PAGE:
According to animal lovers who have been helping stray animals in the county for years, the problem of abandoned and stray animals is as bad as it has ever been in Guilford County and is reaching truly alarming proportions.
The animals — often from owners who simply abandon them — create tremendous pressure on the county animal shelter, local animal rescues, and people who work to collect and help the animals.
Corinne Grant, who has worked extensively with animal placement programs in the area for years, said she was amazed at how serious the problem had become.
“It’s like an epidemic,” she said of the number of cats and dogs currently running around Guilford County unclaimed.
Grant and many other animal lovers will be at the Thursday, Sept. 8 meeting of the Guilford County Animal Services Board, which has a discussion of the county’s neutering and neutering policies on the agenda. The meeting will be held at 5:30 p.m. at the new Guilford County Animal Shelter at 980 Guilford College Road in Greensboro.
Grant said she has great affection for animal control officers and they do everything they can, but she added that the understaffing and lack of proper spaying and sterilization practices at the refuge have created a huge problem.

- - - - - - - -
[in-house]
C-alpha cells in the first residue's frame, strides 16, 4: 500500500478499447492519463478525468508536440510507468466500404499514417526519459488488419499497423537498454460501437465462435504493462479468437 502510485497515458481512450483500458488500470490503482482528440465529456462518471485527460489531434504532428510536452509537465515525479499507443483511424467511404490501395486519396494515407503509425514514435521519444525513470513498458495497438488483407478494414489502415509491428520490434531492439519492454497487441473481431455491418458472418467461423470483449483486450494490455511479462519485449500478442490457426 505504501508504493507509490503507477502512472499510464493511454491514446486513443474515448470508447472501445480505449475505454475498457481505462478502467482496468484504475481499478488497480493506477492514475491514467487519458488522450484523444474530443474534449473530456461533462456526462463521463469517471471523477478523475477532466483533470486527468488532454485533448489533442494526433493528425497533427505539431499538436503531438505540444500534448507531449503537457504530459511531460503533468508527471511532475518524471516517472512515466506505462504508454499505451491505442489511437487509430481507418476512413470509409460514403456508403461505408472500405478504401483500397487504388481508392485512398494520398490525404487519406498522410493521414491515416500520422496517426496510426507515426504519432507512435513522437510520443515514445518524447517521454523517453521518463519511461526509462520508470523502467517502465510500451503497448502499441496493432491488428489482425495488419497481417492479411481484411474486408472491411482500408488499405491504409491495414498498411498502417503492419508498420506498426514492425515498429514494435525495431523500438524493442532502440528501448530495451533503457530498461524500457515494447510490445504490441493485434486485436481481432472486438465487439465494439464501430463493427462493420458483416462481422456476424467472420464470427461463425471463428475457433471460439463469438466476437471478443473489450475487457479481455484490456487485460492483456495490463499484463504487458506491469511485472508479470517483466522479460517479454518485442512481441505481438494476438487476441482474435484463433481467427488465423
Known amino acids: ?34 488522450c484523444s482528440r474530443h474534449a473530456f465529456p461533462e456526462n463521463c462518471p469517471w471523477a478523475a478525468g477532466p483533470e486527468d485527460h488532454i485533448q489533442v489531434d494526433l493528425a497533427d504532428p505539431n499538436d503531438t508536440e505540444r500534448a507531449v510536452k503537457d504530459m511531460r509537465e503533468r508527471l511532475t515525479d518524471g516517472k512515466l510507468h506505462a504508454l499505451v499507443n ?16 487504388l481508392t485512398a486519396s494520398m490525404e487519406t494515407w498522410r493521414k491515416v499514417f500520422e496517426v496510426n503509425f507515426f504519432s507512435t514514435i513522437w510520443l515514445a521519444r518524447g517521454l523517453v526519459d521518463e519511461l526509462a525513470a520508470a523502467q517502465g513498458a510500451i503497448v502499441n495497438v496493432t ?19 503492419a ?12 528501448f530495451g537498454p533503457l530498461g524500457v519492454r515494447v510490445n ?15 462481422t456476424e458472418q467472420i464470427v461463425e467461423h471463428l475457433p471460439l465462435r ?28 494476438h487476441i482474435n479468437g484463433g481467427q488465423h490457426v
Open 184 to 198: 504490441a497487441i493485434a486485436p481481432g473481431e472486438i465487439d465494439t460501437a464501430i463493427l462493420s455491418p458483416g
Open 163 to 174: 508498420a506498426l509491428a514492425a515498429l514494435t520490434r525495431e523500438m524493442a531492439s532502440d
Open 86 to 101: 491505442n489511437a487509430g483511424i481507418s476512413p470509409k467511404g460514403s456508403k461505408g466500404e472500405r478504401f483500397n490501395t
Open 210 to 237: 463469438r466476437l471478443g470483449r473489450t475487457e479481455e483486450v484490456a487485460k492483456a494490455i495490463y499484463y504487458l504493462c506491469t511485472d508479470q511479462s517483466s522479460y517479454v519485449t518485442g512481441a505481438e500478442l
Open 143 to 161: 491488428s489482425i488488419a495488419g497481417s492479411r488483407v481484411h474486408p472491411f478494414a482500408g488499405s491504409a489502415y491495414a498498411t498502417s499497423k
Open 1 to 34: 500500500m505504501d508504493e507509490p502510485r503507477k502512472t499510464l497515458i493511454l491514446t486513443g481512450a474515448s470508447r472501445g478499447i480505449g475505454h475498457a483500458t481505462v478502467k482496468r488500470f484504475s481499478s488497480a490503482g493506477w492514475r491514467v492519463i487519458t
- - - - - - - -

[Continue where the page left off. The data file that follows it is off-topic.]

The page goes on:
For a time, the short-staffed shelter was handing out vouchers for neutering and neutering procedures — rather than conducting those procedures in-house before donating adopted animals.
Of course, many people never redeemed the vouchers as promised.
Add that to a host of other problems.
“A ton of people have given up on their pets,” Grant said.
She said the shelter and all local animal rescues had been closed.
Part of the problem is that a large number of animals have been caught by people stuck at home during the COVID-19 pandemic – but those people are now returning to work and no longer want a pet.
Another issue is that Guilford County Animal Services, like other county departments and businesses, is struggling to fill vacancies.
A frequent volunteer at the shelter said some people don’t follow any procedures when abandoning an animal – they just drive to the shelter and tie a dog or cat to the fence outside. Others, she says, just drop them off at a random house.
Even animals with ID chips often cannot be returned. When the owners are called, they say they don’t want the animal back.
The shelter volunteer said the county is supposed to have an effective neutering and neutering program, but it doesn’t seem to be enough.
Guilford County Animal Services Director Jorge Ortega did not call back the Rhino Times, but he is expected to be at Thursday’s meeting.